Best Practices of Best Florida Companies
Turning to older workers; finding new employees; and the green factor.
Turning to Older Workers
A majority of Florida's Best Companies have no programs or policies to engage an aging workforce. And among those that say they do, a significant number turn out to mean they follow employment law strictures against discriminating.
Companies will need to improve. Shrunken investment portfolios, fallen real estate, the dwindling number of companies offering pensions and the trouble the federal government will have meeting spending promises for Medicare and Social Security make it inevitable that Boomers will prolong their stay on the workplace stage.
"I don't know if I want to be bought out right now. I enjoy what I’m doing and happy to be extremely involved in the community," says 66-year-old Ibis financial adviser Al Travasos.
[Photo: Scott Wiseman]
Other companies see older workers as a conduit to target markets. Boca Raton-based Ibis Financial Group (No. 2, Small) has several financial advisers in their 60s, and 30% of its employees are over 50. The upside, says its founder, 38-year-old Bob Barboni, is that older workers are consummate professionals and, from long experience, know nothing is gained by standing around the water cooler complaining. A couple of issues: They want more time off to travel and enjoy family and life, and "you can't micromanage them. You're not going to change their ways."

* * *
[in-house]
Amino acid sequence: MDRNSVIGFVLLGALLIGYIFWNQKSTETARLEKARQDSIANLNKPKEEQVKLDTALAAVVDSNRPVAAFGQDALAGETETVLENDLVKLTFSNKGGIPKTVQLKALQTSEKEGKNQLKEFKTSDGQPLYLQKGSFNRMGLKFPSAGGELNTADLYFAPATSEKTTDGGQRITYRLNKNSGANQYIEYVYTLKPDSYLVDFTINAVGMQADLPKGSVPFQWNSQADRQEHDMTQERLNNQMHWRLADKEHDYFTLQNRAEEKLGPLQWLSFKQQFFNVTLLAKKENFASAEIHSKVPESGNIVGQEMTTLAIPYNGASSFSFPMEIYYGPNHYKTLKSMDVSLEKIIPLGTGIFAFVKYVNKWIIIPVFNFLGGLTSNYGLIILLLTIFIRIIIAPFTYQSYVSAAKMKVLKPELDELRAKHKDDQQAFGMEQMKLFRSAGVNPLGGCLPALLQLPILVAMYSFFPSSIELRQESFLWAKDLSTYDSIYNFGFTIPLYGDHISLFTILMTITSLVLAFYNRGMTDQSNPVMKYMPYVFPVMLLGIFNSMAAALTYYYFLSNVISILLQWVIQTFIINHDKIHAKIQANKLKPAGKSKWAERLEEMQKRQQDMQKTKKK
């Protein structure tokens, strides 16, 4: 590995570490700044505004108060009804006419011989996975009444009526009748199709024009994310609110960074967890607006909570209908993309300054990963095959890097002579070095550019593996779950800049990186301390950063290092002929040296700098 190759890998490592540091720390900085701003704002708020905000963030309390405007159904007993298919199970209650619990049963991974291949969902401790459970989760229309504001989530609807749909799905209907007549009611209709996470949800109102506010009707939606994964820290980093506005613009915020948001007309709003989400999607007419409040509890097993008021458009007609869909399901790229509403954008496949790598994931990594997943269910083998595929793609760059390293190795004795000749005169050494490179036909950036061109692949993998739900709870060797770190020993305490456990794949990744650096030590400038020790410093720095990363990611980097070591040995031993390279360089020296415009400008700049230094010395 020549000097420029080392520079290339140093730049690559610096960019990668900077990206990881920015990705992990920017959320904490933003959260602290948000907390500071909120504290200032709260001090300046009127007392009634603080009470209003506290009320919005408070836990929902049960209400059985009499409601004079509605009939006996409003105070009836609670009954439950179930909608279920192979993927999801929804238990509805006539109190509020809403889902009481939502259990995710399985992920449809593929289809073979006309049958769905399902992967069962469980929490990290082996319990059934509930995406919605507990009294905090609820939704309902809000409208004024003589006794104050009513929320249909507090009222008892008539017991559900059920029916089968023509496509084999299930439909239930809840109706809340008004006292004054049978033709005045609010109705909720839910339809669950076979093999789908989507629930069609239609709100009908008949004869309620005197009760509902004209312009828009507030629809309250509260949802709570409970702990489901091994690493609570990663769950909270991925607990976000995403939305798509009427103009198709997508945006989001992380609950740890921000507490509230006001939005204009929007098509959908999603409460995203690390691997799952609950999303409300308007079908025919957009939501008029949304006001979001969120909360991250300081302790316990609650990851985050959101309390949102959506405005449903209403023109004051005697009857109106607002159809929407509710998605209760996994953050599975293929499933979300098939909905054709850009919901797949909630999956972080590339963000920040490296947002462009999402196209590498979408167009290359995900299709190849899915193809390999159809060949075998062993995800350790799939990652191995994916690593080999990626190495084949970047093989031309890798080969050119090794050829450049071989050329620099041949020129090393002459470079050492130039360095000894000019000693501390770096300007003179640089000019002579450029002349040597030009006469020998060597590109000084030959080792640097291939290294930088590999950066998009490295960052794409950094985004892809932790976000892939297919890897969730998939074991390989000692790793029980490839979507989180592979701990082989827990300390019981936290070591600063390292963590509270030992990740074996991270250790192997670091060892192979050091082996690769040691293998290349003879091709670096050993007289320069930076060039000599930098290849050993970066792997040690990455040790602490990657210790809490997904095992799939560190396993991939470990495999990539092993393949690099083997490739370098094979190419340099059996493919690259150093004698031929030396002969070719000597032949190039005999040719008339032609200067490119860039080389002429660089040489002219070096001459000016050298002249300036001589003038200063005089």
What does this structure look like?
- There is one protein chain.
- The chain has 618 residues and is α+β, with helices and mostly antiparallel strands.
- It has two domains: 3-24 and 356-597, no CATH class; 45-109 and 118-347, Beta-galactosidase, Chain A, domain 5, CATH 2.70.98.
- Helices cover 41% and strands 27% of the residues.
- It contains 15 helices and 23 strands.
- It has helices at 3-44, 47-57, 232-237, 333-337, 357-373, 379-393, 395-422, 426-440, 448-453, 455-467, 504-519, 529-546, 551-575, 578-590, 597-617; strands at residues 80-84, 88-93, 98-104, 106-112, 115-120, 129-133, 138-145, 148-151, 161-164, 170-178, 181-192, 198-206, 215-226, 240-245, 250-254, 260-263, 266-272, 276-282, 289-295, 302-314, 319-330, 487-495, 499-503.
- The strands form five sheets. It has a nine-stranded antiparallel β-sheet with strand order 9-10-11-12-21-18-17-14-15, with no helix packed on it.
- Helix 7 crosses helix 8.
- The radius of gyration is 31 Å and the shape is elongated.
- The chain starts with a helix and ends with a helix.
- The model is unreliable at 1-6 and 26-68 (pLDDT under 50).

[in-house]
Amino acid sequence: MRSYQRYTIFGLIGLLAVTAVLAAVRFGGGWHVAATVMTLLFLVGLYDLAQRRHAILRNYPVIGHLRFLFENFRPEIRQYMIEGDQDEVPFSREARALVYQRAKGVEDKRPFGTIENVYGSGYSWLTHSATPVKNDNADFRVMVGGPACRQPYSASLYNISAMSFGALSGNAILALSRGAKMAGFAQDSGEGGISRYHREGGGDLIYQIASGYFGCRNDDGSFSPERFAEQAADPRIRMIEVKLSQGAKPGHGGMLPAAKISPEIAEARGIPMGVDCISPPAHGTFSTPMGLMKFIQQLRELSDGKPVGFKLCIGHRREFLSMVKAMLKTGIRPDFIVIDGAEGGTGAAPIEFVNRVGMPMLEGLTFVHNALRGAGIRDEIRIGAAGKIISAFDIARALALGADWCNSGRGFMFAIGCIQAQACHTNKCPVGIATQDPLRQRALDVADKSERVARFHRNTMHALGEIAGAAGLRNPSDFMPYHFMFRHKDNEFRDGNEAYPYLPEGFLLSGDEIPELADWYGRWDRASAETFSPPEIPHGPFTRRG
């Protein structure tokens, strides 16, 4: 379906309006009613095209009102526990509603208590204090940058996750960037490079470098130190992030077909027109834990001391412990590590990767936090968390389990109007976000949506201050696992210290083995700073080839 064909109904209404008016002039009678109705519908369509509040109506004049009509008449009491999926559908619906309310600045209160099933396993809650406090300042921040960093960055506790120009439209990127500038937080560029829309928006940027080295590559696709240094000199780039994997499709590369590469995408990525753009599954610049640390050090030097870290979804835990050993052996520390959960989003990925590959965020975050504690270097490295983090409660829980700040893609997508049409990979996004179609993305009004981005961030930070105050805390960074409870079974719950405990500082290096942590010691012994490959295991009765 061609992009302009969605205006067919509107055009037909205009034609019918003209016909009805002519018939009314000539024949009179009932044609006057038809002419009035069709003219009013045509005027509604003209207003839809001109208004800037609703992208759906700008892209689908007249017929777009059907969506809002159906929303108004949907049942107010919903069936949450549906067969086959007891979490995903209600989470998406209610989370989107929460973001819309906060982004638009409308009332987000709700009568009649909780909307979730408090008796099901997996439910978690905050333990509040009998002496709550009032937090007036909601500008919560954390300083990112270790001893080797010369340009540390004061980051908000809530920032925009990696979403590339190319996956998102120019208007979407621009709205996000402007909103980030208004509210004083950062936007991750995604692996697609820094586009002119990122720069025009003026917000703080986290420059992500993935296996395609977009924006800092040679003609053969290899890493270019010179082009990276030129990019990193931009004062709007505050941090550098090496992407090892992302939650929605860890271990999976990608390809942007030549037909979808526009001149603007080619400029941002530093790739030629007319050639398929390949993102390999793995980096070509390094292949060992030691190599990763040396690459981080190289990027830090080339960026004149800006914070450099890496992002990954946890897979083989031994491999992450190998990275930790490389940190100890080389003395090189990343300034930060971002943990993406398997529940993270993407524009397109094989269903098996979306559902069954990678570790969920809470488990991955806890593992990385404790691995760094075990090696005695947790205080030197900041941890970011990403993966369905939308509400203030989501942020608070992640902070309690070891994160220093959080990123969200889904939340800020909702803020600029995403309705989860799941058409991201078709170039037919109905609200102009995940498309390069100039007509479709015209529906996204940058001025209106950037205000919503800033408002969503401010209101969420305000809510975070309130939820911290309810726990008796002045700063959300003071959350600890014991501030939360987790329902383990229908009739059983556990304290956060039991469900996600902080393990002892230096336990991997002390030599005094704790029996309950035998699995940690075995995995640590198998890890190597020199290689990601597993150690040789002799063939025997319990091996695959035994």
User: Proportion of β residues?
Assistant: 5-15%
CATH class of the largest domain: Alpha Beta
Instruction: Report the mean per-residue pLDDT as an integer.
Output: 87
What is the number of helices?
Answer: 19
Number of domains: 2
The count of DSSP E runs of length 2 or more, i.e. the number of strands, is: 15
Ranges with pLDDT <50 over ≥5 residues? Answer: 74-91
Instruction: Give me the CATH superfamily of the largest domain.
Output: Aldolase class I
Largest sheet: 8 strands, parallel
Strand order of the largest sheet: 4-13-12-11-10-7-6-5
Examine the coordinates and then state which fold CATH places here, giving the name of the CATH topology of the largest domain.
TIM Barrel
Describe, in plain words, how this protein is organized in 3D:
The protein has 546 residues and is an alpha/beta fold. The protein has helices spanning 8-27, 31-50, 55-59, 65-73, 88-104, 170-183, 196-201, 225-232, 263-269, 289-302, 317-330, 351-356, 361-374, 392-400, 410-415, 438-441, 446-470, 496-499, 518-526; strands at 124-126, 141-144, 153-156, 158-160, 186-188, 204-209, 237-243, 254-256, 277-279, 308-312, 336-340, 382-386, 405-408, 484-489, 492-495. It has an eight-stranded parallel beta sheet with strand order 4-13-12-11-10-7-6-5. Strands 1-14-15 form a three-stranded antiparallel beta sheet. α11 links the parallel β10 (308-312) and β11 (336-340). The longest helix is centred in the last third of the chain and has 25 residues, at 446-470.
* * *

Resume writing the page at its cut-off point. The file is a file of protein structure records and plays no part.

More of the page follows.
Ibis financial adviser Al Travasos, 66, just back in late June from a trip to Vancouver for the Million Dollar Roundtable association meeting of top-producing professionals, says he's done better in his last few years since working for Barboni — first at another firm and now at Ibis — than in the first 37 years of his career. "I'm so happy; it's amazing. I've personally nicknamed the place Happy Valley. We all work together. I really enjoy what I'm doing, but this is also an easy profession to start working four days instead of five if you want to. I don't know if I want to be bought out right now. I enjoy what I'm doing and happy to be extremely involved in the community."
When it comes to another program important to older workers, eldercare — since older workers frequently have parents in the age of decline — 80% of Best Companies don't offer it. None of the smaller Best Companies does. "That's got to be an area where companies have got to pay much more attention," says Florida State University management professor Bill Anthony. Caring for a parent or older relative can negatively impact careers. Under the federal Family and Medical Leave Act, employees can claim time off, but it's not like spending 12 weeks caring for a newborn. It's two days here, a half-day there. Unfortunately, Anthony says, companies can make use of FMLA for intermittent leave difficult.
Aging Boomers, Anthony says, also are sensitive to losing their job because they fear discrimination in finding a new one. There also can be generational frictions, like some he found consulting in a workplace where Gen Xers and Boomers were employed. "The Boomers couldn't understand why (Gen X) didn't work weekends and nights 24/7, and the Gen X were like, ‘Get a life. You're out of your mind.' "